A reader who has traveled in Africa sends this note:
>>If I had the power to snap my fingers and immediately grant every young person in "red state" America a week's vacation in Uganda, I would do it.We usually hear this message in the form of "Holy Moley, look what the Chinese are doing!" It's also worth considering it in the grimmer version of "here is how it looks if you just let everything run down." (Or, for most Westerners who have actually spent time in China, "here is how it looks if you let the smokestacks belch out full blast, and can't keep toxic chemicals out of the water or the food supply." At right, scene from Inner Mongolia, as described here.)
[After a trip there] my wife and our two teenage children and I came back "changed" in many ways and one of the most significant ways was that we no longer take for granted the vast and complex "infrastructure" of our own country.
Particularly with younger voters, Obama and the Democrats would be wise over the next 14 months to continually "re-educate" these voters about the national educational, transportation, scientific and social research, health, safety, energy, communication, natural and wildlife preservation, legal, social justice, national security, law enforcement, etc. "infrastructures" that are all so crucial to the individual prosperity and opportunity available, however unevenly, to all the citizens, of this great country.<<
Further on the theme of letting things run down, here is a message from another reader about the terrible (and not yet fully explained) crash that killed all members of the Russian Lokomotiv hockey team this week. Emphasis added:
>>While reading an AP article on the tragic crash of a Russian airliner carrying the Lokomotiv Yaroslavl hockey team, I zeroed in on the part speculating that the crash may have been caused by technical problems.It is worth remembering and re-emphasizing: the kinds of investments Obama was talking about constitute real wealth for a country, and their lack means real squalor, even though they are "public" wealth rather than belonging to anyone in particular. An obvious point but one now often unmentioned or overlooked.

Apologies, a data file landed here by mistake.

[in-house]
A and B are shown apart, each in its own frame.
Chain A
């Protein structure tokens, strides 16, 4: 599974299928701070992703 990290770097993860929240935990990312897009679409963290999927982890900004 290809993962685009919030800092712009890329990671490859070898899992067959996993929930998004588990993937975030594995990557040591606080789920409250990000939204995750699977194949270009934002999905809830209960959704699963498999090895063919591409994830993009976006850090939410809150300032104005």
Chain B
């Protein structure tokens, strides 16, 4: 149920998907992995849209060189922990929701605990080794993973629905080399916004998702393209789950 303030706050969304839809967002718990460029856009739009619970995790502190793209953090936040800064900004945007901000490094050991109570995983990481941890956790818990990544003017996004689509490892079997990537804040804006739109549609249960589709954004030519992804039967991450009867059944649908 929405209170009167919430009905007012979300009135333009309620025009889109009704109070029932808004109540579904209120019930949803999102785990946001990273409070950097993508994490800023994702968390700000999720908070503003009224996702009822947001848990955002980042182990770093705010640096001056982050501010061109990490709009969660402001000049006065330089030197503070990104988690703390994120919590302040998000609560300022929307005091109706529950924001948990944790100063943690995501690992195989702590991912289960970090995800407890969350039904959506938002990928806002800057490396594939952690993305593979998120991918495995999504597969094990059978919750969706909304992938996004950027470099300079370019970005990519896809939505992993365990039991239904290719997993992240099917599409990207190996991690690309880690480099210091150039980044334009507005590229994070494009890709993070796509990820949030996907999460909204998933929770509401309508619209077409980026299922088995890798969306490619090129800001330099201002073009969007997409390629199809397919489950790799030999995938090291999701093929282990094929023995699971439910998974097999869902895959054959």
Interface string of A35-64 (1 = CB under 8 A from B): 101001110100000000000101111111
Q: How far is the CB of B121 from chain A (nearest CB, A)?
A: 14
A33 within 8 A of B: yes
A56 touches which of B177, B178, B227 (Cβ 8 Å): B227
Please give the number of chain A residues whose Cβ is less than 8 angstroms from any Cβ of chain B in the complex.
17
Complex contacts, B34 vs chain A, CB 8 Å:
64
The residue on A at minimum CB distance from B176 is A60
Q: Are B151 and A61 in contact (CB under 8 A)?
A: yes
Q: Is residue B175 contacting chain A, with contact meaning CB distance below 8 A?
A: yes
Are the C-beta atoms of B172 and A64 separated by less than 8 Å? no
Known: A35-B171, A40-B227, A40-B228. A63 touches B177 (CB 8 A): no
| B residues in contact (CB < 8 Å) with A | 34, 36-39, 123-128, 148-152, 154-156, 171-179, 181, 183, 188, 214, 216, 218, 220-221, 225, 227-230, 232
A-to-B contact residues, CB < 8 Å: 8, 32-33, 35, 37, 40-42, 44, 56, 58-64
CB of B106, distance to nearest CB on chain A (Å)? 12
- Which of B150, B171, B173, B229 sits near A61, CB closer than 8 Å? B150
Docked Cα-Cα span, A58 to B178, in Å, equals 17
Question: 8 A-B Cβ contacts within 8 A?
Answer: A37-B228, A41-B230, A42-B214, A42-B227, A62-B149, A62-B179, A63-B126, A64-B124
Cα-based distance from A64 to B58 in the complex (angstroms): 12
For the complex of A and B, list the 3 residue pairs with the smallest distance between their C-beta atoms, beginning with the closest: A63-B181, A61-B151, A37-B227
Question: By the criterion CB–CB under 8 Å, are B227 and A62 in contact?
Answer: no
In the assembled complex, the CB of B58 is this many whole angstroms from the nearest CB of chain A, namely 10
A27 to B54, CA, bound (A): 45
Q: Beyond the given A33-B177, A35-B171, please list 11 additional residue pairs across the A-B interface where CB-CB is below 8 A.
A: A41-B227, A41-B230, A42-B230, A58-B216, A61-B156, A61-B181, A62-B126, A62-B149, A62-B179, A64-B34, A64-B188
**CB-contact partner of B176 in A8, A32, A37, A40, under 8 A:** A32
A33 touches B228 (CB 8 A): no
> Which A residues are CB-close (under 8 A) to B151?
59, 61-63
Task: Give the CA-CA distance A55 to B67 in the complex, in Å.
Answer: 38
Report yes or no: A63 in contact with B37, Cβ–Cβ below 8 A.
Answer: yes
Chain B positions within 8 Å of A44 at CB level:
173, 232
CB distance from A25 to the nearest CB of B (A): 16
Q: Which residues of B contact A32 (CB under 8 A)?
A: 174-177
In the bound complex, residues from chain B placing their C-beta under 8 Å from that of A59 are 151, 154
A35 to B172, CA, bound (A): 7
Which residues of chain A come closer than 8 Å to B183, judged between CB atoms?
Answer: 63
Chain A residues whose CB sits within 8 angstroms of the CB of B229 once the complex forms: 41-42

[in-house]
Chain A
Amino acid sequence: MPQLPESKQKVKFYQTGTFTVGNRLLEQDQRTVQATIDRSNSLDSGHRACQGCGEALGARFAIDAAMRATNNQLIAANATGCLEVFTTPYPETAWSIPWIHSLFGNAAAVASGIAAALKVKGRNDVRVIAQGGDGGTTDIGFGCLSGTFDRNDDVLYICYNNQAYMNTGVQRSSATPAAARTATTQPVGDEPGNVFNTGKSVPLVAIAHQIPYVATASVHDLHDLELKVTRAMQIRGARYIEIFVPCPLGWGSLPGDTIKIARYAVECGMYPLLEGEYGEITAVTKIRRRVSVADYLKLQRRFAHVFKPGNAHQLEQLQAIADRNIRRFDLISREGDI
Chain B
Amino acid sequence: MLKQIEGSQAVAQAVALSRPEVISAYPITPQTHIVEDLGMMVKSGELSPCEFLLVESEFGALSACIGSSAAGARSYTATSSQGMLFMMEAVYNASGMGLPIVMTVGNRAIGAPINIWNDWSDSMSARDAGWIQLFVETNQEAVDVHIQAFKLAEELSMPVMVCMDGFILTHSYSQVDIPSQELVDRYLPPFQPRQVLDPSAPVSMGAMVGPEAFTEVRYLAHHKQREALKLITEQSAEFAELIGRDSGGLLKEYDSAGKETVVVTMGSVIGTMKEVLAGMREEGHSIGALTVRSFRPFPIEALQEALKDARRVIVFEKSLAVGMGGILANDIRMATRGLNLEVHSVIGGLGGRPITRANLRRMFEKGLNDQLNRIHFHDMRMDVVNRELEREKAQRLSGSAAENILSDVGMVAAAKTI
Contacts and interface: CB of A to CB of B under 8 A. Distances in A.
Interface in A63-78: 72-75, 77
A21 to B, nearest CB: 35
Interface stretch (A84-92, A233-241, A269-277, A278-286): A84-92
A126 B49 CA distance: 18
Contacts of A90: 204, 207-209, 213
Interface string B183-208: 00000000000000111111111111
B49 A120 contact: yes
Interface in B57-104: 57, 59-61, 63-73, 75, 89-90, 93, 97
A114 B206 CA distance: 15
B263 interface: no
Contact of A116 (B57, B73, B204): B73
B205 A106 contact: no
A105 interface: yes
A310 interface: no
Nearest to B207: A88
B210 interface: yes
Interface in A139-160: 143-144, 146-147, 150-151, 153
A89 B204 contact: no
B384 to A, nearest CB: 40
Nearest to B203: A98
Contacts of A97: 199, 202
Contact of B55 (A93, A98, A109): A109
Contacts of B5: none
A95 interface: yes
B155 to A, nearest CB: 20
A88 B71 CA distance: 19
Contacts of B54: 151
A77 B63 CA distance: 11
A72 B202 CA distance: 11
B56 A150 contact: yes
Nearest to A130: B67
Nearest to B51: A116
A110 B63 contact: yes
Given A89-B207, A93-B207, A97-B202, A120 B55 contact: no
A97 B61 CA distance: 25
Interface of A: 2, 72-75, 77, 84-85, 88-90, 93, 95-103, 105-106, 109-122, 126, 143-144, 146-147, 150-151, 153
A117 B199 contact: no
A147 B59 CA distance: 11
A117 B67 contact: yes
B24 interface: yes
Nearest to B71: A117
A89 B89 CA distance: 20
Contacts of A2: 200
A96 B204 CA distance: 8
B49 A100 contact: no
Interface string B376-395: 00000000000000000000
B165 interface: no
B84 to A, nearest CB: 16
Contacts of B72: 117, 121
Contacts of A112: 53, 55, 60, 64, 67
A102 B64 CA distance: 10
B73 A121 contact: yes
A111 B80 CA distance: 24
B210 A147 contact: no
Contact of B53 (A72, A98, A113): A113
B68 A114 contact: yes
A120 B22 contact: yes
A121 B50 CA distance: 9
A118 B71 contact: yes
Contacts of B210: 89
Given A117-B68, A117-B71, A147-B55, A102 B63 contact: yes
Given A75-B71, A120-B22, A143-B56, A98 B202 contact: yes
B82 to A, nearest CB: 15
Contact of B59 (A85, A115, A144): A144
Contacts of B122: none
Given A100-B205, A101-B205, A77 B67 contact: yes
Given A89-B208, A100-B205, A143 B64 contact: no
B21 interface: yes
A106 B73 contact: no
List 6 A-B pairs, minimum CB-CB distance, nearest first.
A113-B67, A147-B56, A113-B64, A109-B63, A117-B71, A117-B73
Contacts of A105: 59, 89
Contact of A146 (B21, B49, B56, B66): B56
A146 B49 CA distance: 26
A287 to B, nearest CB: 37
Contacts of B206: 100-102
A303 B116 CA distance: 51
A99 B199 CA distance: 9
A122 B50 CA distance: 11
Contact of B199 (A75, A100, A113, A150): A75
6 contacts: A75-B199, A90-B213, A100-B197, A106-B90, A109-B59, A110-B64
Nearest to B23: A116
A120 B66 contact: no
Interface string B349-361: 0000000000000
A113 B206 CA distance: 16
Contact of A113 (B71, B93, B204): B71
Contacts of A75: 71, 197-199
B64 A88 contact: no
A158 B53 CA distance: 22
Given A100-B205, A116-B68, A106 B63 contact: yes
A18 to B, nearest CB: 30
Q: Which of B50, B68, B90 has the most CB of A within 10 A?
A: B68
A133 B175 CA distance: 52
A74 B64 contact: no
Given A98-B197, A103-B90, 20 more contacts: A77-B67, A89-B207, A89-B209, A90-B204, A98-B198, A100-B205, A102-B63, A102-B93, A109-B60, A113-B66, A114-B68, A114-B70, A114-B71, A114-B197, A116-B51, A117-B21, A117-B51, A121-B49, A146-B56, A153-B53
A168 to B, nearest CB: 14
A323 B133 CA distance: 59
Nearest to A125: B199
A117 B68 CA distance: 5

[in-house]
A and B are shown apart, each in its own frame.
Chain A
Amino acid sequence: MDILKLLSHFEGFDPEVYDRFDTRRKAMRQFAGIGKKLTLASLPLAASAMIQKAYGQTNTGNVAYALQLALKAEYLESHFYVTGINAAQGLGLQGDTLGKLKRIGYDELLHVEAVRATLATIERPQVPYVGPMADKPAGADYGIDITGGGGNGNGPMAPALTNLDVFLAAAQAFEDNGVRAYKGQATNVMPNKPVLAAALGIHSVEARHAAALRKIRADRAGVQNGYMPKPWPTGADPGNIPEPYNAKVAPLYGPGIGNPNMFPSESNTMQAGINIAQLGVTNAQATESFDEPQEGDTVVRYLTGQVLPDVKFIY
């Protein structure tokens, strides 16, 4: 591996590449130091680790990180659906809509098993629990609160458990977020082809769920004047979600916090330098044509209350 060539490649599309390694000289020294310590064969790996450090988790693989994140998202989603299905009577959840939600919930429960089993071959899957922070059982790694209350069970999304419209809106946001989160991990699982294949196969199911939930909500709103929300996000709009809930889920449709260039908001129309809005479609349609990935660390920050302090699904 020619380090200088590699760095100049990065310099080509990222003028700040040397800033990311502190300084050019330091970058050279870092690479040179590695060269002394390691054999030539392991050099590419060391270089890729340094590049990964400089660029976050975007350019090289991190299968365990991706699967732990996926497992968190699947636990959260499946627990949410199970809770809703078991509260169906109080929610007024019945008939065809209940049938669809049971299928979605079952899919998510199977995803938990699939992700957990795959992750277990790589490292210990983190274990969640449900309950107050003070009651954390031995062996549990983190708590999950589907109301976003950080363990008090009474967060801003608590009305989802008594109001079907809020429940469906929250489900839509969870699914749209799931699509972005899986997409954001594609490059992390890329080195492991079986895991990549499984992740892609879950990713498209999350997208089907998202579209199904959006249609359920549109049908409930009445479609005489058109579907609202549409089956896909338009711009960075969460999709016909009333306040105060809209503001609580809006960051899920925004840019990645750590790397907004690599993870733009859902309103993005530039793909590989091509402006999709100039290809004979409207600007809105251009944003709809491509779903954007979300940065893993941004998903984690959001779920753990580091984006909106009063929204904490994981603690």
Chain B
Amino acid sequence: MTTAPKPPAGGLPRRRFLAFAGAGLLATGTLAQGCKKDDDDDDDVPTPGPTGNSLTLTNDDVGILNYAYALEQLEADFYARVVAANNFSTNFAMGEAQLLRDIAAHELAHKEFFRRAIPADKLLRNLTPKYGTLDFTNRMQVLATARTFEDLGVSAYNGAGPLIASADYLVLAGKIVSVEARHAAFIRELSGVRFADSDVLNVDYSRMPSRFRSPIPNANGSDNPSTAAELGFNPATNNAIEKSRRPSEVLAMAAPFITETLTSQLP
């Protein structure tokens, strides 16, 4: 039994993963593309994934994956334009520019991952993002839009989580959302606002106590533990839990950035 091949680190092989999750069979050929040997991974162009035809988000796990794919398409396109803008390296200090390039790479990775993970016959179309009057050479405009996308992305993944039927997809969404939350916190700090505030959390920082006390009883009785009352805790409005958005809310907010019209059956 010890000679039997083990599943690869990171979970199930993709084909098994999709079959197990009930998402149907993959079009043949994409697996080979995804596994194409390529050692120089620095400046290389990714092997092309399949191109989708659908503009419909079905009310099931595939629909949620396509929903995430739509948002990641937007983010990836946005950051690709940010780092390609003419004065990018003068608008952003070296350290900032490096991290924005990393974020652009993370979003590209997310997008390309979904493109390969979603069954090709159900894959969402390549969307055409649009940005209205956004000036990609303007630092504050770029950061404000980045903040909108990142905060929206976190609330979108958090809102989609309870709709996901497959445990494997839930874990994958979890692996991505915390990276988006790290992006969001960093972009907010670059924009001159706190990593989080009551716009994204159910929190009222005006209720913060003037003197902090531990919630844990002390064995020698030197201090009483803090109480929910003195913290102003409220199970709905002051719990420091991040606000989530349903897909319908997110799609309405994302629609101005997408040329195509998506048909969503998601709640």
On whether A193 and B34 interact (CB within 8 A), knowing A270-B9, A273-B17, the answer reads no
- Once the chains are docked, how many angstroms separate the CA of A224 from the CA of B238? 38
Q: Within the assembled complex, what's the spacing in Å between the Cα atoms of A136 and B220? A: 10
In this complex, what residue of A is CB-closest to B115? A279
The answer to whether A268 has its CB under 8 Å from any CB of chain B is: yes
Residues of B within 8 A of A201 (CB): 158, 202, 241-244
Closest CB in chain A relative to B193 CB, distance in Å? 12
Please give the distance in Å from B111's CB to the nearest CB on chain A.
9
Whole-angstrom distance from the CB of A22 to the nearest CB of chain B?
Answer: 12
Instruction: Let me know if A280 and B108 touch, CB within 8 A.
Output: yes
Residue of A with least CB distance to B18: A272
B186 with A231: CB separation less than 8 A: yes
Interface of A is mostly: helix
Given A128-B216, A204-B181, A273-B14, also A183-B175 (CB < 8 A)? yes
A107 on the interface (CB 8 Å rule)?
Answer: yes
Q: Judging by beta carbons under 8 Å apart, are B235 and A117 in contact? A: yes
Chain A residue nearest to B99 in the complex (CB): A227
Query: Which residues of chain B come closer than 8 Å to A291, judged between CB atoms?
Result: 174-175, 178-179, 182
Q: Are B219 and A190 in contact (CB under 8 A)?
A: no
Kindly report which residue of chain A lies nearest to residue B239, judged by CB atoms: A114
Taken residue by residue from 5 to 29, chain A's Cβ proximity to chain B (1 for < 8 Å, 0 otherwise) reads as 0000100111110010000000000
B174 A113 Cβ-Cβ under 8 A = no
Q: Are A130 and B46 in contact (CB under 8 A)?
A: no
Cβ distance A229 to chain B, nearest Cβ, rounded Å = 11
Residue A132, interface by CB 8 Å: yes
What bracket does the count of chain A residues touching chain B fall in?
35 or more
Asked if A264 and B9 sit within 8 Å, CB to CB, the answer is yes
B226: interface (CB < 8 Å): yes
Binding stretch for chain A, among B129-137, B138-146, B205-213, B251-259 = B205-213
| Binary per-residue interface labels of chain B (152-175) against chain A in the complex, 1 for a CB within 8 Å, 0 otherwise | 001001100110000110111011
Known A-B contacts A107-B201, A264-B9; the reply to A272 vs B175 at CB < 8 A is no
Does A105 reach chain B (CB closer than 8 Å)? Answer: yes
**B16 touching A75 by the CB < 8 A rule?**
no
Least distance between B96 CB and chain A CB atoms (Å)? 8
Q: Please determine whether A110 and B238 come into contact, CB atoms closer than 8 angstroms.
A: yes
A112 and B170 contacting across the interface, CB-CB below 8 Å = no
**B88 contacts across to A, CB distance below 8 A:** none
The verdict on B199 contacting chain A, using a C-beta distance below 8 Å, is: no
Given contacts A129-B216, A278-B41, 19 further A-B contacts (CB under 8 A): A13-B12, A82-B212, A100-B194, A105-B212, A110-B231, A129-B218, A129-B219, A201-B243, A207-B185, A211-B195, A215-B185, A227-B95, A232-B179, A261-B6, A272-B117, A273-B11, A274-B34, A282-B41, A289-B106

"The cause of Wednesday's crash was not immediately apparent, but Russian news agencies cited unnamed local officials as saying it may have been due to technical problems. The plane was built in 1993 and belonged to a small Moscow-based Yak Service company.
In recent years, Russia and the other former Soviet republics have had some of the world's worst air traffic safety records. Experts blame the poor safety record on the age of the aircraft, weak government controls, poor pilot training and a cost-cutting mentality."
I've read enough of your articles to know that it's way too early to jump to conclusions about the cause of this crash, but if Russia does have a poor record on flight safety due to lax regulations, it kind of makes you wonder if this is where we are heading in the U.S., particularly on the cost-cutting mentality.
I'm able to put up with the TSA, cramped cabins, poor service, extra fees, lack of food and etc. that has become the hallmark of modern commercial air travel, knowing that airlines (and our government) wouldn't skimp on safety.
However, with congressional budget fights over FAA funding and with intense pressure on airlines to be profitable, should we be concerned about the potential Russification of system?<<
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